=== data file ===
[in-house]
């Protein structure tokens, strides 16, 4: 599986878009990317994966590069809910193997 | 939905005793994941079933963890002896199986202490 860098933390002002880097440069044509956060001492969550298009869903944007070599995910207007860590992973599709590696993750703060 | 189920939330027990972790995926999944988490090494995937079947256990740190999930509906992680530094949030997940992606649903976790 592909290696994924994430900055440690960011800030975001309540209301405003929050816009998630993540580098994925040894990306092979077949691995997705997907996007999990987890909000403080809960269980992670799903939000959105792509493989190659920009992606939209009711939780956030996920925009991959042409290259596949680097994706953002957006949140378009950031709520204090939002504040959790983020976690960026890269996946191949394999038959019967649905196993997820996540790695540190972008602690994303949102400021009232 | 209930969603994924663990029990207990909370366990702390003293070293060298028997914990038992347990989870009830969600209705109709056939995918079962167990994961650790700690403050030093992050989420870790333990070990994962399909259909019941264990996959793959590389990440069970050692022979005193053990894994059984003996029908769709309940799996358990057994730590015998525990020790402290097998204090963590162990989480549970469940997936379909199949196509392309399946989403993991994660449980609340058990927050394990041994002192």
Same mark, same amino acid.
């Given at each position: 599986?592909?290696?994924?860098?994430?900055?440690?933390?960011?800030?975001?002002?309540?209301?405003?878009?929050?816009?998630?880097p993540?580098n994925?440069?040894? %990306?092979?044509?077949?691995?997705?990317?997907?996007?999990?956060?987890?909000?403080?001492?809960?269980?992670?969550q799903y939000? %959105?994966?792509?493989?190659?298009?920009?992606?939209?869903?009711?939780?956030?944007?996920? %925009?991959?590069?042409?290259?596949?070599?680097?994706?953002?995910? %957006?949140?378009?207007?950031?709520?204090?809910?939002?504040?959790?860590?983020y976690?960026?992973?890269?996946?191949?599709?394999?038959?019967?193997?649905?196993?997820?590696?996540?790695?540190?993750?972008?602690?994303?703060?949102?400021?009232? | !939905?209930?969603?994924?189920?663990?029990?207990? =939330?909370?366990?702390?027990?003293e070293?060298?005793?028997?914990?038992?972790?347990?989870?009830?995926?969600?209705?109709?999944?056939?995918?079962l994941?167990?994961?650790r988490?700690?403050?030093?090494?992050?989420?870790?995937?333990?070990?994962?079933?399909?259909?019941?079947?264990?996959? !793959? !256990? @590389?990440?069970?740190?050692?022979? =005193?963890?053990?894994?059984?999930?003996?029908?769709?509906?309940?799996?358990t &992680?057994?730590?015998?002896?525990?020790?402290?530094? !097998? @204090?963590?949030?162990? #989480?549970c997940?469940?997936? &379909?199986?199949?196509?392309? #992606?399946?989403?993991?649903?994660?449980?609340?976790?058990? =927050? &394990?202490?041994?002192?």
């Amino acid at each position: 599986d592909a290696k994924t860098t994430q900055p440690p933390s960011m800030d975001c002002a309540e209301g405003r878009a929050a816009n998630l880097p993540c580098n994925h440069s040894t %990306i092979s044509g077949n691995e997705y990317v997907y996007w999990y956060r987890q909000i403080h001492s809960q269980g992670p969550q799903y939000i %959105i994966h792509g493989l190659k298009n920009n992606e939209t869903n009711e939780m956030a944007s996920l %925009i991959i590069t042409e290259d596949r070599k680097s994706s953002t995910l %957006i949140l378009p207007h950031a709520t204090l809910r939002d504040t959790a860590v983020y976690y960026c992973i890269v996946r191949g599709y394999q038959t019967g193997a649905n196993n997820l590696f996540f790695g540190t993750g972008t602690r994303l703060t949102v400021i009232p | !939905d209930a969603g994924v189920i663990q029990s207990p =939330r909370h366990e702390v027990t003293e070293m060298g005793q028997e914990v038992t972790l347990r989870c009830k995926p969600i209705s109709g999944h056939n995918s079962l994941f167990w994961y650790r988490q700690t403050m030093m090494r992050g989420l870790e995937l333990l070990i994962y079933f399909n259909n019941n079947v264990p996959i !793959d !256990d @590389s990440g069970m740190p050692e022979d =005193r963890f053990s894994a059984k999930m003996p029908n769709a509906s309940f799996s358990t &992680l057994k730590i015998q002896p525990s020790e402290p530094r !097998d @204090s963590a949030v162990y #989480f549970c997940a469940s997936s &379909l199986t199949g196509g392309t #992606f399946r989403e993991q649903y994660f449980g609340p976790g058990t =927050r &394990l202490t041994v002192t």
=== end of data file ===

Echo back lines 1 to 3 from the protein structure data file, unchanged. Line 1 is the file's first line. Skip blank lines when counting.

[in-house]
């Protein structure tokens, strides 16, 4: 599986878009990317994966590069809910193997 | 939905005793994941079933963890002896199986202490 860098933390002002880097440069044509956060001492969550298009869903944007070599995910207007860590992973599709590696993750703060 | 189920939330027990972790995926999944988490090494995937079947256990740190999930509906992680530094949030997940992606649903976790 592909290696994924994430900055440690960011800030975001309540209301405003929050816009998630993540580098994925040894990306092979077949691995997705997907996007999990987890909000403080809960269980992670799903939000959105792509493989190659920009992606939209009711939780956030996920925009991959042409290259596949680097994706953002957006949140378009950031709520204090939002504040959790983020976690960026890269996946191949394999038959019967649905196993997820996540790695540190972008602690994303949102400021009232 | 209930969603994924663990029990207990909370366990702390003293070293060298028997914990038992347990989870009830969600209705109709056939995918079962167990994961650790700690403050030093992050989420870790333990070990994962399909259909019941264990996959793959590389990440069970050692022979005193053990894994059984003996029908769709309940799996358990057994730590015998525990020790402290097998204090963590162990989480549970469940997936379909199949196509392309399946989403993991994660449980609340058990927050394990041994002192």
Same mark, same amino acid.